During the peak of the dry season in 2021, we found ourselves frequently called upon to rescue orphaned animals. It was heartbreaking to see so many helpless babies left to fend for themselves without the love, care, and nourishment they needed. One such animal was Oldepe, who we discovered in the swamps of Amboseli National Park on November 10th.
In early November, Cynthia Moss from the Amboseli Trust for Elephants (ATE) received reports of a calf abandoned at the edge of the Ol Tukai Orok palm woodlands. Upon investigation, she came across a 2.5-year-old bull wandering aimlessly in a swamp, completely alone. Despite waiting to see if he would reunite with his family, it became clear that he had been abandoned for good.
The mission to rescue Oldepe began immediately. We ensured that the young bull received all the care and attention he needed to recuperate from his ordeal. It was a tough journey, but seeing him thrive under our care made it all worthwhile. We were overjoyed to witness Oldepe return to full health and eventually introduce him to his new elephant family.
We remain committed to protecting these majestic creatures and will continue our efforts to rescue and rehabilitate those in need. Oldepe’s rescue adventure is just one example of the incredible work we do to ensure the safety and well-being of elephants in Kenya.
The environment in Amboseli is truly one-of-a-kind because the elephant families living there have been carefully researched and given names by ATE. One of the male calves born in 2019 in this ecosystem is Oldepe, along with Barnoti, who is also an Amboseli orphan. ATE believes that Oldepe is the offspring of Orna from the “OB family,” although they haven’t been able to confirm this recently. Hence, they gave him a name starting with the letter “O” as a symbol of his connection to his origins. Oldepe is highly favored by elephants and can be found in the southern part of Amboseli National Park.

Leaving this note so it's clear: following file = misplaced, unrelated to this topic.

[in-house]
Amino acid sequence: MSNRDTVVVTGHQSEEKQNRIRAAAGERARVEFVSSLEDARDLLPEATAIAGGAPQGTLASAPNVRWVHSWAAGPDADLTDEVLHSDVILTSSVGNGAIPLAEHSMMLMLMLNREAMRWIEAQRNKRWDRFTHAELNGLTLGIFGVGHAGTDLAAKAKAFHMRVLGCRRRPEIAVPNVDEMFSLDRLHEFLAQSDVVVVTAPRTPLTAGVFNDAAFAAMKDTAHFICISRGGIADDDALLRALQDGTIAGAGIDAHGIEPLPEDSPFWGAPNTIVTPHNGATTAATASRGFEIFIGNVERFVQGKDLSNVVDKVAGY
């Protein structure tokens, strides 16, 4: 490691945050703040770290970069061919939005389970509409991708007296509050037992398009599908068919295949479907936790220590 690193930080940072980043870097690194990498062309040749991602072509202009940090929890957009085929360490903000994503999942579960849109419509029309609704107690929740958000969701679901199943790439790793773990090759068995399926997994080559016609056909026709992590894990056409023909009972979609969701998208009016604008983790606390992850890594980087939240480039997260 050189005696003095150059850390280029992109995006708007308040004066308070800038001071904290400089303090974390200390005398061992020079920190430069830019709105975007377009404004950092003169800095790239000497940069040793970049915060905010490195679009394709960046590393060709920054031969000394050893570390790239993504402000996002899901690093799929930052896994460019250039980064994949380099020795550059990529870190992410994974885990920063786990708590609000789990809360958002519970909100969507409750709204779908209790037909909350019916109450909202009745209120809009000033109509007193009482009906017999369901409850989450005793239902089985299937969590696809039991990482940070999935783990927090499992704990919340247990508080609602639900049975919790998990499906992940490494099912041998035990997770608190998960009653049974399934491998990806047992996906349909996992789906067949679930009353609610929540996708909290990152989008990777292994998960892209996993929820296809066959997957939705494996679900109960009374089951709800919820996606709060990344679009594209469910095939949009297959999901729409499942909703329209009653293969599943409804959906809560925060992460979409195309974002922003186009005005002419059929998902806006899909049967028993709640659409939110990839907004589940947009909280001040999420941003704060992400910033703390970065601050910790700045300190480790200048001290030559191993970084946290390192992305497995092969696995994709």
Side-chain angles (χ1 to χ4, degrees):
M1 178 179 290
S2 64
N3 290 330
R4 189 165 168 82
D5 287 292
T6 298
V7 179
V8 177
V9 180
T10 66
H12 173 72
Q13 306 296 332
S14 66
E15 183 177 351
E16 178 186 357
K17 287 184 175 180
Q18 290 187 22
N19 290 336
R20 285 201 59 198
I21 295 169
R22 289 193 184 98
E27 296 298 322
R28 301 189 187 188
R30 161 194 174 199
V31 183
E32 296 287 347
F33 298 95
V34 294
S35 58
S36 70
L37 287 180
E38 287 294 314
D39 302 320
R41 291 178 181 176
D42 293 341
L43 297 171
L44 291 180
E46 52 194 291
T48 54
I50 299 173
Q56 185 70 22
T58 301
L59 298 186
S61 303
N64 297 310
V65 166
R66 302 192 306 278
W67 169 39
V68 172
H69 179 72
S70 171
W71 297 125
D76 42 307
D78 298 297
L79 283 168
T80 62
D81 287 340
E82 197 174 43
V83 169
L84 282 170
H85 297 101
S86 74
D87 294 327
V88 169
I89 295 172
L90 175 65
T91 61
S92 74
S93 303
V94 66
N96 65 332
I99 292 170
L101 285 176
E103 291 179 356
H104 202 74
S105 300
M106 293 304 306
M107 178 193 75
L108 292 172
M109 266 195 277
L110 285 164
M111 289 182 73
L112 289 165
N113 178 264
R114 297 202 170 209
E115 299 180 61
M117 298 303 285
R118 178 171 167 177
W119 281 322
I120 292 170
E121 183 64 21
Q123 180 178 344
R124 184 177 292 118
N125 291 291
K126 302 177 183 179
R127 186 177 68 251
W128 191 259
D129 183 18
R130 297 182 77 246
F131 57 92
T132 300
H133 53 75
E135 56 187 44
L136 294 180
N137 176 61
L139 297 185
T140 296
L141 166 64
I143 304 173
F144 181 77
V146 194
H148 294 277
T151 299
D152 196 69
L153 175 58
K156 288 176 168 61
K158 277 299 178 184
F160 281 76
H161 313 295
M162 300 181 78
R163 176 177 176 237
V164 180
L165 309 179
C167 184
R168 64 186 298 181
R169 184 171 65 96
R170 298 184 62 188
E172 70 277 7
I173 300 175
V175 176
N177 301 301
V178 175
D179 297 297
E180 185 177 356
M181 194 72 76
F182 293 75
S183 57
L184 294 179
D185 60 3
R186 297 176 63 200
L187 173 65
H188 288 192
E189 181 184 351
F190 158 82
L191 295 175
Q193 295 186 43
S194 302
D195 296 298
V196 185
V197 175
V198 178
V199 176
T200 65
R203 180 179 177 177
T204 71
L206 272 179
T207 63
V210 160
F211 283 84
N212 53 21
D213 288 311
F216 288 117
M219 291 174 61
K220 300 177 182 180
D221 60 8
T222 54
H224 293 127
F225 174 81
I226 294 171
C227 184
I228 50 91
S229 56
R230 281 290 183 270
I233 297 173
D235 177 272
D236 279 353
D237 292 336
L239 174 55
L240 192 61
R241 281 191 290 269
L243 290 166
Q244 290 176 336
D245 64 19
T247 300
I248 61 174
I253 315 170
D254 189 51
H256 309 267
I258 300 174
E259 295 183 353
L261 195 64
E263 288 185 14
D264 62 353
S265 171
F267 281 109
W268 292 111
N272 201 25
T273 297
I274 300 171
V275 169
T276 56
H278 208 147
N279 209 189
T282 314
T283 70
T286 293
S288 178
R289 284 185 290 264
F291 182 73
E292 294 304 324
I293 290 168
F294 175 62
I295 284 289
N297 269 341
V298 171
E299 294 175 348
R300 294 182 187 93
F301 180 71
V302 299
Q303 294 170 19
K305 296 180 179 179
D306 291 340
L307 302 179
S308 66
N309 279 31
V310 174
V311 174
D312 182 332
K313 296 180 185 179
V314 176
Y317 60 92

The SWT/KWS Amboseli Mobile Vet Unit received a call to rescue an orphaned calf. They confirmed the calf’s situation and stayed with him until a team from Nairobi could arrive. The swamps of Amboseli were complicated to navigate, so losing the calf was a real concern. Despite the calf’s large size, the rescue went smoothly as he was weak and didn’t resist much. They transported him to a Nursery stockade where he spent weeks recovering before joining the herd in the forest. This was not the first time they worried about Oldepe disappearing.
We soon discovered that we had a tricky little calf on our hands! After about a week of being with the other elephants, Oldepe developed a mischievous habit of playing hide-and-seek with us Keepers as the day came to an end. He would suddenly disappear into the bush, and each time we caught a glimpse of him, he would dart away and find another hiding spot. It became clear that this was all part of the fun for Oldepe, so we decided to try a different approach. Instead of actively seeking him out, we waited patiently at the stockades. As expected, Oldepe eventually emerged from the forest and headed straight back to his bedroom.
Despite the humor in Oldepe’s new game, his actions caused a great deal of tension for everyone involved. The Keepers were concerned about his whereabouts, while the other orphans grew restless and agitated while waiting for him to return. Thankfully, it appears that Oldepe has grown tired of playing hide-and-seek and has since stayed close to his herd.